That is not how Jesus presents God and the kingdom. God is the father who runs to the rebellious son and welcomes him home while the obedient son works in the field. He is the master who gives the same wages to the laborer who works for one hour as he does the laborer who works all day. He is the God who rejects the prayer of the Pharisee who devotes his whole life to keeping laws and rituals, but accepts the prayer of the dishonest tax collector only because he asks for mercy.
What gives? It is not what gives but who gives! God is a giving God, not a deal-making God. He doesn’t strike bargains. He doesn’t give out wages. He gives out, pours out gifts of grace. We don’t win his favor; he irresistibly breaks through our rebellion to win us into his favor. We no more earn God’s favor, than the newborn baby we hold in our arms earns ours. He makes us his; he gives us new birth, and makes us his favored ones.
We honor him — we obey him, serve him, follow whatever rituals he may prescribed — because we love him. And we love him because he first loved us. We serve him because he sent his Son to serve us on a cross. It was that work of the Son that won us God’s favor.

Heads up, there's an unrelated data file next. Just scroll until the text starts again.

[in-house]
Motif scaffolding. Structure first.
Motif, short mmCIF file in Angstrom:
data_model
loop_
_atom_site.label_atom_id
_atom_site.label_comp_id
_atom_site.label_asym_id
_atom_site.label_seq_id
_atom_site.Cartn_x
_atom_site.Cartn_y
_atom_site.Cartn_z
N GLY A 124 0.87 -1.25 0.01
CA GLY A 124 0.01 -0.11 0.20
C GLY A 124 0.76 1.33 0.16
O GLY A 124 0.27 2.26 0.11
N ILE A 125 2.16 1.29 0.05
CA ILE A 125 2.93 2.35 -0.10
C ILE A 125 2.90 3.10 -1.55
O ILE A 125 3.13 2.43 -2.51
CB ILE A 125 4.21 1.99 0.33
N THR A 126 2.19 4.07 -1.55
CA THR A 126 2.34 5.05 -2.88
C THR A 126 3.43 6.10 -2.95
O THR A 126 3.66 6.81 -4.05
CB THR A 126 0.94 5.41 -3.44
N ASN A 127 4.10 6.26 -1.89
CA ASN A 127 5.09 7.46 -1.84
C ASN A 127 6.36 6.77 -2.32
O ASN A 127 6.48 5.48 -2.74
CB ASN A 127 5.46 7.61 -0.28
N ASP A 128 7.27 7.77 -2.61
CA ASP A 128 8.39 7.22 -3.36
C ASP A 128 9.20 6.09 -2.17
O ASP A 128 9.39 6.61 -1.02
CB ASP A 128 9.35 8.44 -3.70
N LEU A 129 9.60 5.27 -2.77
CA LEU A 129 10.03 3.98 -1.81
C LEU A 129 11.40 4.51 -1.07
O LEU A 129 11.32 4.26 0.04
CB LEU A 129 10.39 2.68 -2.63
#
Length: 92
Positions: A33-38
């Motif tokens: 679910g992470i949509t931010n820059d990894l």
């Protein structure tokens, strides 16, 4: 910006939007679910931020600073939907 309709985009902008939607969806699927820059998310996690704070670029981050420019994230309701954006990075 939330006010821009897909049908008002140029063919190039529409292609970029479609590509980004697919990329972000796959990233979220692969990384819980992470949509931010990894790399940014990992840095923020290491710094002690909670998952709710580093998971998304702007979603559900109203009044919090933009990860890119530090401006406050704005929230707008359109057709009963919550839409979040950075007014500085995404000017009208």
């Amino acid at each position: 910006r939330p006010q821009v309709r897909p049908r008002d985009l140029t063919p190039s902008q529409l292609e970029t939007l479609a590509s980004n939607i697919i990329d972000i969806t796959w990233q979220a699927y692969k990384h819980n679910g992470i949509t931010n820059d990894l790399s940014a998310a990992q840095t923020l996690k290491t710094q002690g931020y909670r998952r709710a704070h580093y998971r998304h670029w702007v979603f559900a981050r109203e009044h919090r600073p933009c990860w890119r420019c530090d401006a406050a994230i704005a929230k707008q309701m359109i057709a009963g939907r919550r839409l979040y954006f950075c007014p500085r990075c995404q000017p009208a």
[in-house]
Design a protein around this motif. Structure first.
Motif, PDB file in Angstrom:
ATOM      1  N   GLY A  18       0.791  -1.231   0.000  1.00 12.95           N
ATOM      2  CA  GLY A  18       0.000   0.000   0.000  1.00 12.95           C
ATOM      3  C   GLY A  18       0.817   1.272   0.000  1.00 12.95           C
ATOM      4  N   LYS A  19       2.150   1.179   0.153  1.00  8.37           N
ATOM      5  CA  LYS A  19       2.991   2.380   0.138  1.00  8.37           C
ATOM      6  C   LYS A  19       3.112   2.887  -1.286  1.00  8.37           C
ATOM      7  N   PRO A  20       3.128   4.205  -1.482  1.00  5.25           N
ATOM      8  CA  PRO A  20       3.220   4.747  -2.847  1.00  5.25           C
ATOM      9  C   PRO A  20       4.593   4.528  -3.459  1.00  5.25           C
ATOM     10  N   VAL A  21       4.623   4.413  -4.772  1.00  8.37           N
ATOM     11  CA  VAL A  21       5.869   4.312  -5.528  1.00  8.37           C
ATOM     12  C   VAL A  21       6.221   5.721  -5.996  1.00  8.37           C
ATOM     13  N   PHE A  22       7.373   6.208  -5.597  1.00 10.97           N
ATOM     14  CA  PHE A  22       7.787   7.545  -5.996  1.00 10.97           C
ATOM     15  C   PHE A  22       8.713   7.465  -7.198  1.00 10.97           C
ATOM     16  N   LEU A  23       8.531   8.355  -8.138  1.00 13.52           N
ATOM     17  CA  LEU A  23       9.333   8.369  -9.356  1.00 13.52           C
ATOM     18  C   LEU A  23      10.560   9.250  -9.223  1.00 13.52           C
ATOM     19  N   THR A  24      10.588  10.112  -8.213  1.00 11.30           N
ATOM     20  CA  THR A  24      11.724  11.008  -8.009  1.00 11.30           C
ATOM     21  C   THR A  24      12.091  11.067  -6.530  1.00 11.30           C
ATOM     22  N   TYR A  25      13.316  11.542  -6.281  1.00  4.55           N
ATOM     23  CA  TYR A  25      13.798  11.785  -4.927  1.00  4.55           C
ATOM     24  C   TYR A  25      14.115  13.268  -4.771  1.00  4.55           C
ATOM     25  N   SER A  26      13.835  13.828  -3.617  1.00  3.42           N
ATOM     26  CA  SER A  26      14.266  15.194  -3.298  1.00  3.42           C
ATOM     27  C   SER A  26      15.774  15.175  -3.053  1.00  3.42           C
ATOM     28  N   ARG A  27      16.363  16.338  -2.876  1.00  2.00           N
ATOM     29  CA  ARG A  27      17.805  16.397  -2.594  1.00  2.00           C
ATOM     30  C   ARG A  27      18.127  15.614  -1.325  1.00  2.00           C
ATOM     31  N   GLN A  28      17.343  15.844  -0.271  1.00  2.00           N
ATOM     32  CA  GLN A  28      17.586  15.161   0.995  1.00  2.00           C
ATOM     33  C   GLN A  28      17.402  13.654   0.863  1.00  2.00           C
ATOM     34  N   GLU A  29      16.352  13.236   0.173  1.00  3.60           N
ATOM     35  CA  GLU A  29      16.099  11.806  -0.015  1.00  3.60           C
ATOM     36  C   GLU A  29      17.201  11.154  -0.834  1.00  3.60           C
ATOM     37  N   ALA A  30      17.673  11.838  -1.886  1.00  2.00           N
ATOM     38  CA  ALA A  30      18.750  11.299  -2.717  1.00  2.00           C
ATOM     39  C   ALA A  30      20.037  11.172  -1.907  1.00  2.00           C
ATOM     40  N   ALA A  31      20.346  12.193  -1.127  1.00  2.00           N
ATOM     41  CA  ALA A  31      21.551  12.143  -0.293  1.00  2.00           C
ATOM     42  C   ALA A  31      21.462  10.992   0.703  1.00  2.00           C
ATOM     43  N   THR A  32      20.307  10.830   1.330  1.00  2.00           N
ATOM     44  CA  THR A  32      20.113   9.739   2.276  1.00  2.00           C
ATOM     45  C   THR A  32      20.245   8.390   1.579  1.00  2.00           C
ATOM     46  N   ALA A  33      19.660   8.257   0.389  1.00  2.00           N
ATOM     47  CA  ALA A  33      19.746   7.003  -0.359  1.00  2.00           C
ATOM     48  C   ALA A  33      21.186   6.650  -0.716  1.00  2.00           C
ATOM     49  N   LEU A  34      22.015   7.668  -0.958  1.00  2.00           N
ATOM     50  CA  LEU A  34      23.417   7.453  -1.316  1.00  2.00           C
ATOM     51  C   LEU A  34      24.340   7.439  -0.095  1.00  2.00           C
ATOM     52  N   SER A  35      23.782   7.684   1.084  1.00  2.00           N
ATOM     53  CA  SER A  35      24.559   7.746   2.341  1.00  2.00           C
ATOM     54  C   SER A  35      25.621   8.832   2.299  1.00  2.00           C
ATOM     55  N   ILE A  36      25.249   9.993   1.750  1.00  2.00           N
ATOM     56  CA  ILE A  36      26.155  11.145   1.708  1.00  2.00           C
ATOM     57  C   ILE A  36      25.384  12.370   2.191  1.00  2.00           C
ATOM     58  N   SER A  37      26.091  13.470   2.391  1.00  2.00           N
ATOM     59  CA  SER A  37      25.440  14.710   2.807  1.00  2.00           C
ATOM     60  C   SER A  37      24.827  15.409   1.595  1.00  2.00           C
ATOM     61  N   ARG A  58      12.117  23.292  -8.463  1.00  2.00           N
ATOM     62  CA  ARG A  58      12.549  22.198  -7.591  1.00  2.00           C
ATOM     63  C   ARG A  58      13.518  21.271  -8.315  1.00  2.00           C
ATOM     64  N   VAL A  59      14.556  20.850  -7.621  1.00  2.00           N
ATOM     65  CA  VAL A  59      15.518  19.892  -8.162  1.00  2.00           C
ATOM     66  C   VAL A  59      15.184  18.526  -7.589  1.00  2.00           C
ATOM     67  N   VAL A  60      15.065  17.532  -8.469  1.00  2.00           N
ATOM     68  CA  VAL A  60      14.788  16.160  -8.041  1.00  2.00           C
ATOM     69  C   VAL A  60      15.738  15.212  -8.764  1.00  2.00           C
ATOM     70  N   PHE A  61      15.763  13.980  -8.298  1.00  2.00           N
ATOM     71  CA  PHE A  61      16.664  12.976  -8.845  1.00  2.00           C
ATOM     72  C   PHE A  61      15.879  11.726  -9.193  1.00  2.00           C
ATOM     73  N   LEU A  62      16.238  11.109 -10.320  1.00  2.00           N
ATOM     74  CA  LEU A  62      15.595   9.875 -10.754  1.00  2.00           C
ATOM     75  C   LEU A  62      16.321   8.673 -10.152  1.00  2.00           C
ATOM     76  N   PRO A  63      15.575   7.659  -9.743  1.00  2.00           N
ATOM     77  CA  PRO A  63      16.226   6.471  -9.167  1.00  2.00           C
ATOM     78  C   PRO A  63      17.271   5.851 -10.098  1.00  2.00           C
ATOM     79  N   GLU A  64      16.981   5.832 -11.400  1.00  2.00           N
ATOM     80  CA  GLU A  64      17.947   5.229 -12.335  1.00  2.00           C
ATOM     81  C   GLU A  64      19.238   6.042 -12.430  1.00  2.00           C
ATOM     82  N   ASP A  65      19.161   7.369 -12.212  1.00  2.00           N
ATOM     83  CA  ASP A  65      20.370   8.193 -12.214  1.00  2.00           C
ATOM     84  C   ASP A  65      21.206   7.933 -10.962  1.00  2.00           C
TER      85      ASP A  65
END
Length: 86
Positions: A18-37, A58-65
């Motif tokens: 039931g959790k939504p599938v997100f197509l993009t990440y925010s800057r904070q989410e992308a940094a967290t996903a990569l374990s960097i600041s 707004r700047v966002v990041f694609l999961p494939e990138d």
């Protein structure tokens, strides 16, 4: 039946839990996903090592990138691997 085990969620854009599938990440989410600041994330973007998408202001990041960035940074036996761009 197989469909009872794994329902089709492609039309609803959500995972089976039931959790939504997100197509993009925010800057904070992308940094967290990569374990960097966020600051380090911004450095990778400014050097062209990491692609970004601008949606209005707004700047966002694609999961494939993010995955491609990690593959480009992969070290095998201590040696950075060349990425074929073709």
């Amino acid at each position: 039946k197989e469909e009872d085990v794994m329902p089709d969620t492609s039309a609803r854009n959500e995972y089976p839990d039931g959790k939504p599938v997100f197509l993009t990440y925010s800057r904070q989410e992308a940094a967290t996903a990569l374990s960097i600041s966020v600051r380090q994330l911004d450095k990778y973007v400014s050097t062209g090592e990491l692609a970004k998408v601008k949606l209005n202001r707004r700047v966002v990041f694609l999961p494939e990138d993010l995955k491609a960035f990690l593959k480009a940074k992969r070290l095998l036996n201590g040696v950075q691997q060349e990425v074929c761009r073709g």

What do we think our work can do? This is the other problem with a religion of law-keeping. We fool ourselves into thinking we are what we are not, that we can accomplish what is far beyond us. If I were to drop into the Museum of Art, and like Mr. Bean destroy a priceless work of art, do you think my promise to spend every day drawing the best pictures I can will satisfy the museum? We have destroyed the Garden of Eden, but we expect God to let us back into favor by pulling a few weeds even as we trample on what flowers have survived.